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Tensions between Eritrea, Ethiopia on the rise
BY PAUL SALOPEK
Marooned at the end of 20 miles of dirt road, the tiny frontier outpost consists of a knot of rock huts, some jaywalking goats and one communal pingpong table. Not the sort of place, one would imagine, that once inspired 70,000 men to die in battle. Or still destabilizes a chunk of territory inhabited by 90 million people. Or gives U.S. policymakers in Africa the jitters.
Yet remote little Badme, the flash point of a brutal territorial conflict between Ethiopia and Eritrea in the late 1990s, is responsible for all of these woes. And, today, experts worry that the contested town, which is claimed by both countries but controlled by Ethiopia, may be poised to spark even worse trouble ahead - namely, Africa's next major war.
While the U.S. military is focusing much of its attention in Africa on anti-terror efforts in places like Somalia, old hostilities between Ethiopia and Eritrea appear to be heating up on an arid plateau a few hundred miles to the north, with potentially devastating consequences for the people of Africa's Horn. Archenemies Ethiopia and Eritrea insist that renewed fighting along their desolate 620-mile-long common border is not imminent.
But diplomats, security experts and U.N. officials warn that recent saber-rattling by the two nations' leaders, beefed-up troop deployments along their heavily fortified border and even the timing of the U.S. presidential
Western diplomats suspect that Ethiopia, the Goliath of the two opponents, is sorely tempted to deliver a killer blow against its smaller rival before the Bush administration, a close Ethiopian ally, leaves office at the beginning of 2009. Last year, Ethiopia invaded Somalia and, with clandestine Pentagon help, toppled an emerging Islamist movement accused of sheltering al-Qaida operatives.
And though tiny Eritrea has more to risk in going to war, experts say its deepening isolation from the world doesn't preclude its launching a pre-emptive strike. One bleak scenario: an assault on contested territory in November, when an exasperated boundary commission set up by the U.N. packs up after years of Ethiopian stonewalling, and declares the two countries' border officially mapped.
"I don't want to be here if it happens," said Tsegaye Redaye, a sad-eyed merchant in Badme whose tea shop's construction included expended tank shells from the previous war.
"But I guess there won't be anywhere to run to," he added, squinting out at the gaunt plains that both governments call their own. "The war will be everywhere."
Most military analysts would agree.
In the bloody 1998-2000 conflict, tens of thousands of Ethiopian and Eritrean soldiers died in a ghastly World War I-style trench war that baffled the world. Still, the bloodshed finally was stanched by foreign mediation. Now, after seven years of failed U.N. negotiations, experts say the sole object of the opposing armies will be regime change: a battle to the finish. Nearby Somalia would be sucked into the chaos and violence, analysts say.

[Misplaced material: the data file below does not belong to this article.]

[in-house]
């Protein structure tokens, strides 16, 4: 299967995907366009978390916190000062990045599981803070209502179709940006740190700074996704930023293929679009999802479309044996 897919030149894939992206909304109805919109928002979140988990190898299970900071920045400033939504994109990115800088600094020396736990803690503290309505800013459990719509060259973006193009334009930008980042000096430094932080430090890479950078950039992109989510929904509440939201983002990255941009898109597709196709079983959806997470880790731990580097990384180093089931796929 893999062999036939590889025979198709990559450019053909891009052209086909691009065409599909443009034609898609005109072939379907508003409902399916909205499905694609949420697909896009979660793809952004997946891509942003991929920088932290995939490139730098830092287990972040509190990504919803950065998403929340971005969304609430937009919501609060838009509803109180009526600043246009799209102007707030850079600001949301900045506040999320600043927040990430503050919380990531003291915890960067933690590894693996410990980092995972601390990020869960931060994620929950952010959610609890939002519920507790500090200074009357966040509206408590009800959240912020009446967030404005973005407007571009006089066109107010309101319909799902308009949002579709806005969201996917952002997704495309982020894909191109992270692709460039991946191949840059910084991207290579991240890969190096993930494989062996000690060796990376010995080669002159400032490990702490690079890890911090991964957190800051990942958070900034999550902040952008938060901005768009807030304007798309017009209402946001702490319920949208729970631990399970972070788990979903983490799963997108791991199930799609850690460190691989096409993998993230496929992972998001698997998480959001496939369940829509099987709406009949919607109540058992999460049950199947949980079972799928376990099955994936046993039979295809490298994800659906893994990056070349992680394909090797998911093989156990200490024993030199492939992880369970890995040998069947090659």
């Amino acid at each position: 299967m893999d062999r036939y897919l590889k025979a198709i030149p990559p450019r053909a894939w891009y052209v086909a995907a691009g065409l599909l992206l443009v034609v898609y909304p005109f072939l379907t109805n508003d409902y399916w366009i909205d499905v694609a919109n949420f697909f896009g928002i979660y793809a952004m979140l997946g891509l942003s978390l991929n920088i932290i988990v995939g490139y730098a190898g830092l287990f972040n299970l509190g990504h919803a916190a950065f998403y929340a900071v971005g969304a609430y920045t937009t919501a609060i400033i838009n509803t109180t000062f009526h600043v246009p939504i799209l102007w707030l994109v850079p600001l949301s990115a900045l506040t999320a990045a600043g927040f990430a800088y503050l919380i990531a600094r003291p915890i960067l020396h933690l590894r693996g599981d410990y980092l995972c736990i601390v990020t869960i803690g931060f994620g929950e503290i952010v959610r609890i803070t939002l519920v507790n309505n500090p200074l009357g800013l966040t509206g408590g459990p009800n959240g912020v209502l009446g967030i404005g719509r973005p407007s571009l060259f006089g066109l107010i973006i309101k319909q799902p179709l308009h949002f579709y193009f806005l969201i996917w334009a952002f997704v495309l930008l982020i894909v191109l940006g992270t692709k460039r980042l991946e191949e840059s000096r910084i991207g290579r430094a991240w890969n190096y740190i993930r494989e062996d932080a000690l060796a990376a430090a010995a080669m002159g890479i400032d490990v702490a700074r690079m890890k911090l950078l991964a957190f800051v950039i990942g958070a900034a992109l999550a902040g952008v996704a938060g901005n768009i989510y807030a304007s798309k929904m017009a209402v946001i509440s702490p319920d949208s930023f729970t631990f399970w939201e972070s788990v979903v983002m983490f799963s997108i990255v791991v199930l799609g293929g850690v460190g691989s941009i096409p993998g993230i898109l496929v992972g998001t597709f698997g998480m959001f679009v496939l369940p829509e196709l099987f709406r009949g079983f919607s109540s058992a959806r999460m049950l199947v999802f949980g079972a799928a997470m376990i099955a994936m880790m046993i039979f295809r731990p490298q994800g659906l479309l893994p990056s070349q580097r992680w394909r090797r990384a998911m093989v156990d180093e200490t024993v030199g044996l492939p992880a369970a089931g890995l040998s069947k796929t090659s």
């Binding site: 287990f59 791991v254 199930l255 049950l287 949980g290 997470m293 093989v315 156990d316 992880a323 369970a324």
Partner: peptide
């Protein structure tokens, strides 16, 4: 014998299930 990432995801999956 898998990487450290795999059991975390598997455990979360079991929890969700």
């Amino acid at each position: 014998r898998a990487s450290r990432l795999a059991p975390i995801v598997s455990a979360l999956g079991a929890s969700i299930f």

"In a post-9/11 world, that's what worries Washington," said Dan Connell, an Ethiopia-Eritrea war expert at Simmons College in Boston. "If either state were to fall, it would open up the Horn to all sorts of power vacuums and outside forces, including international terrorists. It could get very ugly."
Such ugliness was nowhere on the horizon a decade ago, when Ethiopia and Eritrea symbolized all the promise of a shining new Africa.
Back then, Ethiopia had just thrown off the yoke of a ruthless communist regime and agreed to let a breakaway province - feisty Eritrea - become independent. The two governments were brothers in arms. Their leaders, Eritrean President Isaias Afwerki and Ethiopian Prime Minister Meles Zenawi, are even distantly related. But struggles to be top dog in the Horn, plus bitter economic and territorial quarrels, culminated in a family feud waged with artillery.
Today, human-rights groups accuse both regimes of democratic backsliding.
Ethiopia, the regional powerhouse with 76 million people, has been roundly criticized for sentencing more than 30 opposition activists and politicians to life imprisonment after a disputed 2005 election. The prisoners were pardoned in July.
The charges leveled at Eritrea are more serious. This year, the U.S. State Department added minuscule Eritrea, population about 4 million, to its blacklist of the world's most repressive regimes, largely because of reported crackdowns on journalists, political dissenters and evangelical Christians.
Impoverished Ethiopia and Eritrea maintain the largest armies in Africa. At the moment, well over 100,000 soldiers from both countries are dug in along their joint frontier.
On July 30, the U.N. Security Council voted unanimously to extend a weak peacekeeping mission of 1,700 international troops on the border for another six months. Both sides have agreed to meet in September and wrangle over issues of demarcation. Few diplomats expect a breakthrough.
"Rationally, we would never believe Eritrea will take that step - to restart the war," said Tekeda Alemu, the deputy minister for foreign affairs in Ethiopia. "Yet, why does the Eritrean president behave as he does, except to say he has an emotional, visceral opposition to this country's government?"
Like many Ethiopians, Tekeda alleges that Eritrea's bad behavior includes terrorist activities. On July 25, a leaked U.N. investigation fingered Eritrea for reportedly flying 13 planeloads of arms to Islamic militants battling Ethiopian troops in Somalia.
Eritrea hotly denies the charges that it is exporting mischief to bleed Ethiopia.
"It's part of the smear campaign coming out of Langley," Eritrean Information Minister Ali Abdu said, referring to the Virginia hometown of the CIA headquarters. "It's just another face of the war against Eritrea."
Source: Chicago Tribune